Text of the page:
21H.907 Trials in History, Fall 2000
21H.909 People and Other Animals, Fall 2005
21H.912 The World Since 1492, Fall 2004
21H.912 The World Since 1492, Spring 2003
21H.917J Visualizing Cultures, Spring 2003
21H.927J The Economic History of Work and Family, Spring 2005
21H.931 Seminar in Historical Methods, Spring 2004
21H.931 Seminar in Historical Methods, Spring 2002
21H.931 Seminar in Historical Methods, Spring 2003
21H.952J Readings in American History Since 1877, Fall 2003
21H.968J Nature, Environment, and Empire, Spring 2005
21H.991J Theories and Methods in the Study of History, Fall 2004
21H.991J Theories and Methods in the Study of History, Fall 2003

Writing and Humanistic Studies

21W.730-1 Expository Writing: Exploring Social and Ethical Issues through Film and Print, Fall 2002
21W.730-1 Expository Writing: Social and Ethical Issues in Print, Photography and Film, Fall 2005
21W.730-1 Imagining the Future, Spring 2004
21W.730-2 Expository Writing - Food for Thought: Writing and Reading about Food and Culture, Fall 2005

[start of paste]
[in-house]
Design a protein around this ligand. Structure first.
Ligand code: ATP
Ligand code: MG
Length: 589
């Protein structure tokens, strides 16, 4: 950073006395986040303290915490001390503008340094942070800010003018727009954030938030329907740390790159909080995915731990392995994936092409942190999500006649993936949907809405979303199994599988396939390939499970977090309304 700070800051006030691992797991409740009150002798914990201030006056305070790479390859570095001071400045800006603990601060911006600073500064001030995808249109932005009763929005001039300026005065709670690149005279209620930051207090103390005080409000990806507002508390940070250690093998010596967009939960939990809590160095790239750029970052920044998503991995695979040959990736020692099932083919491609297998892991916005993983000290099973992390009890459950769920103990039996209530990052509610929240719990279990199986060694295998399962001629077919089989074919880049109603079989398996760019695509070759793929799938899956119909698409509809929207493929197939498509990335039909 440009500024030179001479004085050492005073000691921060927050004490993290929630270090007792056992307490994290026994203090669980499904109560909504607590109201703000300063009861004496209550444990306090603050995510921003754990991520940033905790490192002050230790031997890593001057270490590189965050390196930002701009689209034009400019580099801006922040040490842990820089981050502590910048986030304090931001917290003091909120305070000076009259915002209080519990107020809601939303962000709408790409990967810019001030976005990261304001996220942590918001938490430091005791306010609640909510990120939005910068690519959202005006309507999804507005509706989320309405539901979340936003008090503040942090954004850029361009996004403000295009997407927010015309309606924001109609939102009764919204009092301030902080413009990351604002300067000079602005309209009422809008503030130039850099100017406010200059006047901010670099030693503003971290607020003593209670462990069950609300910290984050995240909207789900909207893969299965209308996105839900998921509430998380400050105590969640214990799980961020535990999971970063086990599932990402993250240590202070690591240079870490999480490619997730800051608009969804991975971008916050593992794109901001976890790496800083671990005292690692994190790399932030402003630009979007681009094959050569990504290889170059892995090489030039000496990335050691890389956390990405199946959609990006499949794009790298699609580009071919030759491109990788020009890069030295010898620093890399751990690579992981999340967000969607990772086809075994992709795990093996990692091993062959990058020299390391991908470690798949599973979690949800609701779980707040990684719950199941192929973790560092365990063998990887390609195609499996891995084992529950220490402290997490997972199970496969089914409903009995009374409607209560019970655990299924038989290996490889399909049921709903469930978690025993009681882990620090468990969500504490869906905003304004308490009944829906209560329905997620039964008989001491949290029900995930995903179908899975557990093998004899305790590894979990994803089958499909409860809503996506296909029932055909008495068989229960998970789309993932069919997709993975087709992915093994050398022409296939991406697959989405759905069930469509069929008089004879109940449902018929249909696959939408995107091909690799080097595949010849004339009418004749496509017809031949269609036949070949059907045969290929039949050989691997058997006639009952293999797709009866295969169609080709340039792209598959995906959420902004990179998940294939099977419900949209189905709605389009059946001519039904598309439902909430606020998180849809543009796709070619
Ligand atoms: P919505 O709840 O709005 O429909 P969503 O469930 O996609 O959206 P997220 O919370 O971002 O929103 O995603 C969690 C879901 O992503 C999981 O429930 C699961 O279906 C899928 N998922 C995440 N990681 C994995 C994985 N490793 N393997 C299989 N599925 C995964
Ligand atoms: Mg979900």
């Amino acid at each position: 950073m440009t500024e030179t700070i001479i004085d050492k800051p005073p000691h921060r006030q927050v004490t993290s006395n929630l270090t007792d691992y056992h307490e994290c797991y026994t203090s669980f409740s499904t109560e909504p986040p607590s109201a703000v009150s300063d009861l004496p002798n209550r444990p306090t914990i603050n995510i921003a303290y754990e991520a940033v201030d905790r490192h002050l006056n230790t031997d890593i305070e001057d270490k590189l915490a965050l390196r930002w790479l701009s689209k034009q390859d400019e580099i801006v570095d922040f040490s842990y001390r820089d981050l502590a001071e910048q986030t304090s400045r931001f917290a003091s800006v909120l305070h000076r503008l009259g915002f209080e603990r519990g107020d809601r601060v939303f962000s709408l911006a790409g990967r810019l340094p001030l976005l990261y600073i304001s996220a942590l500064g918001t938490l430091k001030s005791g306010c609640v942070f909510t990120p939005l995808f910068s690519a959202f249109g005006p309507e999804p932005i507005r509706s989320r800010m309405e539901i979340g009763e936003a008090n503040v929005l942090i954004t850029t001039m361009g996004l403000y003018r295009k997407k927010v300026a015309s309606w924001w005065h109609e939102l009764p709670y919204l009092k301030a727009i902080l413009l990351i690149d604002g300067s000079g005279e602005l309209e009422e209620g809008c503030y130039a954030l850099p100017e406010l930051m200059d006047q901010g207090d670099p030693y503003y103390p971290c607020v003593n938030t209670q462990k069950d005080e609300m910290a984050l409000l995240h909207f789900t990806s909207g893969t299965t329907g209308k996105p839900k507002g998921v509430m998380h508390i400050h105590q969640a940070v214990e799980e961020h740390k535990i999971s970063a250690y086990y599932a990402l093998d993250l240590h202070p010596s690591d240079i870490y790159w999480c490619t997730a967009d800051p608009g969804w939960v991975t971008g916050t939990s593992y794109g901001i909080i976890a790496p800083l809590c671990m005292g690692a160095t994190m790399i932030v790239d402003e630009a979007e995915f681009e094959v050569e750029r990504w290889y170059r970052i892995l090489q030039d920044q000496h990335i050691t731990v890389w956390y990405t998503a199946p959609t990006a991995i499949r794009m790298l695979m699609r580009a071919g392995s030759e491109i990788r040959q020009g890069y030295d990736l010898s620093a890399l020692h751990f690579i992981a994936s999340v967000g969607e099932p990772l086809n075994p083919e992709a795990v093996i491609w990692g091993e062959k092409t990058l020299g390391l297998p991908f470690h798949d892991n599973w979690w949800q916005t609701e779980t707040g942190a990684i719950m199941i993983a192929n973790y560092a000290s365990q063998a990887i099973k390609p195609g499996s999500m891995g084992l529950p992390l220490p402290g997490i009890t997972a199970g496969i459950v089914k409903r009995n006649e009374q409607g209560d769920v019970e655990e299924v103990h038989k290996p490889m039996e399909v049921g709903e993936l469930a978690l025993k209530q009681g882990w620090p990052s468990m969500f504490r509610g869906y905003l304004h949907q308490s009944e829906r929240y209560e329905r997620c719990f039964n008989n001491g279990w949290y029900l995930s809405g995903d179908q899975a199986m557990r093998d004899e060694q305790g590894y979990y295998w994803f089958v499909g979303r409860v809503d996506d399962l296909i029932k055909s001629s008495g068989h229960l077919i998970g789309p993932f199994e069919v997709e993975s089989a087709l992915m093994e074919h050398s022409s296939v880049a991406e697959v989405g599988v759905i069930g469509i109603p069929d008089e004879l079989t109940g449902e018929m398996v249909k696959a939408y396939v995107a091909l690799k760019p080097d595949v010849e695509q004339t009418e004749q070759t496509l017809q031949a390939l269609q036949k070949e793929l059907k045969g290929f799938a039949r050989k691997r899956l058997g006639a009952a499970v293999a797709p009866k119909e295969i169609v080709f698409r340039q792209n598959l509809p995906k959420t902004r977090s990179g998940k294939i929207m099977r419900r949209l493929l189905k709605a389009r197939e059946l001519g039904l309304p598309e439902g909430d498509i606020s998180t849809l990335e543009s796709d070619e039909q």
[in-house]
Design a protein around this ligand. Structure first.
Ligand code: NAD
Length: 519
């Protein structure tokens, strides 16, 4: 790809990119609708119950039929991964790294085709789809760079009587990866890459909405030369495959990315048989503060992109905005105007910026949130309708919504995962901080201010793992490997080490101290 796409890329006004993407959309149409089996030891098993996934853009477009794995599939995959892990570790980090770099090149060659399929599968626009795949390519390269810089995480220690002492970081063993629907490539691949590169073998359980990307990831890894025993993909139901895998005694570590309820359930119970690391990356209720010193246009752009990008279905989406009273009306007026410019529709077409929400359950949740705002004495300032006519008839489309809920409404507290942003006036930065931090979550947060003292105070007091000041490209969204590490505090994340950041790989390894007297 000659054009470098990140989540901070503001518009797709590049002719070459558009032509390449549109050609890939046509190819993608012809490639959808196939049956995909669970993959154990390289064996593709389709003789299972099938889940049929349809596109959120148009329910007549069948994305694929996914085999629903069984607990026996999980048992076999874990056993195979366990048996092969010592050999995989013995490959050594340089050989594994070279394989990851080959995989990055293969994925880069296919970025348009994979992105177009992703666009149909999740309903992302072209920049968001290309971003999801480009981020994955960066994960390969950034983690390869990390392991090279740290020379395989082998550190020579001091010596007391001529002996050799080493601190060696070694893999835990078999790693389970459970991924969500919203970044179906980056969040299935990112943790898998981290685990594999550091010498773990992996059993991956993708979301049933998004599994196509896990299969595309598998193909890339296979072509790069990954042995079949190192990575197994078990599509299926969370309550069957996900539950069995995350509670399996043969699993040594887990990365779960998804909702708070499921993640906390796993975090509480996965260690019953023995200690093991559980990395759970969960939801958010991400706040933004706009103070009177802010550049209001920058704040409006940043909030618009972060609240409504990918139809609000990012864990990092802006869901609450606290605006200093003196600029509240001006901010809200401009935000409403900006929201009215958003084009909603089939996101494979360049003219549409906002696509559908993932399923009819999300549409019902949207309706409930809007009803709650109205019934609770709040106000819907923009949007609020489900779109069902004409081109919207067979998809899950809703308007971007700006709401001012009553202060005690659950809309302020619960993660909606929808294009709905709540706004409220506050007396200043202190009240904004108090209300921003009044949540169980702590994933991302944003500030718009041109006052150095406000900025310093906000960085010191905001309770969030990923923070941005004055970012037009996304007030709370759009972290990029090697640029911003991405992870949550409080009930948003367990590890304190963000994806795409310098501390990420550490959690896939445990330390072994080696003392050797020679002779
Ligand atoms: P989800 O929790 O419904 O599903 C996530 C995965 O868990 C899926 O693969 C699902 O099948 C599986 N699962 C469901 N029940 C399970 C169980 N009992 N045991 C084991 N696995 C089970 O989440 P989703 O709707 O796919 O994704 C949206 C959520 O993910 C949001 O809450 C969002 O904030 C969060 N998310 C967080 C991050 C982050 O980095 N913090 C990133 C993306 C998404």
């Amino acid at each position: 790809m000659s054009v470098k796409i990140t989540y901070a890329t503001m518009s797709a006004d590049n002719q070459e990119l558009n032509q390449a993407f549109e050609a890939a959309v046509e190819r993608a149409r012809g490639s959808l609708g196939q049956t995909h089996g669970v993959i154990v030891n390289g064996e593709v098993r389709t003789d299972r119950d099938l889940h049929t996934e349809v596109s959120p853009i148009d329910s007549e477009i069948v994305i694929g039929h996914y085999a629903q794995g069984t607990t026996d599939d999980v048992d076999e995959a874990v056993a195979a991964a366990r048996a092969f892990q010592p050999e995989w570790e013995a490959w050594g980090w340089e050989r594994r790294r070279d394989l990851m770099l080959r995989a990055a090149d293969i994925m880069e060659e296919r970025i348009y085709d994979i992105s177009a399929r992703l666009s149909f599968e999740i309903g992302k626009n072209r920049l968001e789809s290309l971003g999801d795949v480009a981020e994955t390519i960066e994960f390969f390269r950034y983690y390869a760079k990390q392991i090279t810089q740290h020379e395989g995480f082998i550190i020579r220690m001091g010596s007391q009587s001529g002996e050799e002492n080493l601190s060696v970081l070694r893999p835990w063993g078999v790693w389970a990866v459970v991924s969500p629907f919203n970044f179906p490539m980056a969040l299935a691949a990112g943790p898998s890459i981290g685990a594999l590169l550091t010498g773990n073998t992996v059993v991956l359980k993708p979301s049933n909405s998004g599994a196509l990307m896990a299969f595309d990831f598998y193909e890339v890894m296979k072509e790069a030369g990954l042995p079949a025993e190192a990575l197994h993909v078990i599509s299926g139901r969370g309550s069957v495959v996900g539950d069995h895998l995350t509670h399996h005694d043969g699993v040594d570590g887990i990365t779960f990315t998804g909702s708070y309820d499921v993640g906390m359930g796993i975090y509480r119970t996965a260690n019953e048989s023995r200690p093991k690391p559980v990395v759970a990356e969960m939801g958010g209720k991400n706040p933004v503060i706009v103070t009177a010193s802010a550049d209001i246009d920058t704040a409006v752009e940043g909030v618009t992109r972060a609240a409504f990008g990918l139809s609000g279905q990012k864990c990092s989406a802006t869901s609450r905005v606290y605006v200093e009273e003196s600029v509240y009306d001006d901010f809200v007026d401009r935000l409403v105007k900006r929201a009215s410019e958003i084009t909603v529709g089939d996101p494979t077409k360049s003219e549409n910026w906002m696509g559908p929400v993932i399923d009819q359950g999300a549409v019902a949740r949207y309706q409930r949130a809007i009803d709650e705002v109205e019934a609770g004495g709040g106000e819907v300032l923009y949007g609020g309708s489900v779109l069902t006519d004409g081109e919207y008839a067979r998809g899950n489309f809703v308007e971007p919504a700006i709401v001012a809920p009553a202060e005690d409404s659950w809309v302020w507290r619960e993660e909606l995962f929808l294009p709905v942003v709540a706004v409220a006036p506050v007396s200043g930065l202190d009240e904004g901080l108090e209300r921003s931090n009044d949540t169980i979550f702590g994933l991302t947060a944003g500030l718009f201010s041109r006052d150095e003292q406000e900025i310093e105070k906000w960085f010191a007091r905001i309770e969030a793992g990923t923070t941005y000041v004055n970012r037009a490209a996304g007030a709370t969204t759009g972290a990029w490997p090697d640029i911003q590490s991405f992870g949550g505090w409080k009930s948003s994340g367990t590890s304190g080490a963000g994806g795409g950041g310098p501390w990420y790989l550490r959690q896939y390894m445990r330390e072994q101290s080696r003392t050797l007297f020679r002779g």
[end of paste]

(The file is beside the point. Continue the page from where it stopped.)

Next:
21W.730-2 The Creative Spark, Fall 2004
21W.730-3 Consumer Culture, Fall 2002
21W.730-3 Expository Writing: Autobiography - Theory and Practice, Spring 2001
21W.730-3 Writing and the Environment, Spring 2005
21W.730-4 Expository Writing: Analyzing Mass Media, Spring 2001
21W.731-1 Writing and Experience: Culture Shock! Writing, Editing, and Publishing in Cyberspace, Fall 2005
21W.731-1 Writing and Experience: Exploring Self in Society, Spring 2004
21W.731-4 Writing and Experience, Spring 2002
21W.732-2 Intro to Tech Communication, Fall 2002
21W.734J Writing About Literature, Fall 2006
21W.735 Writing and Reading the Essay, Fall 2005
21W.735 Writing and Reading the Essay, Fall 2004
21W.739J Darwin and Design, Fall 2003
21W.739J Darwin and Design, Fall 2002
21W.742J Writing About Race, Spring 2003
21W.745 Advanced Essay Workshop, Spring 2005
21W.746 Humanistic Perspectives on Medicine: From Ancient Greece to Modern America, Spring 2005
21W.747 Rhetoric, Spring 2005
21W.747-1 Rhetoric, Spring 2006
21W.747-2 Rhetoric: Rhetoric of Science, Spring 2006
21W.747-3 Classical Rhetoric and Modern Politics, Spring 2006
21W.749 Documentary Photography and Photo Journalism: Still Images of A World In Motion, Spring 2002
21W.756 Writing and Reading Poems, Fall 2006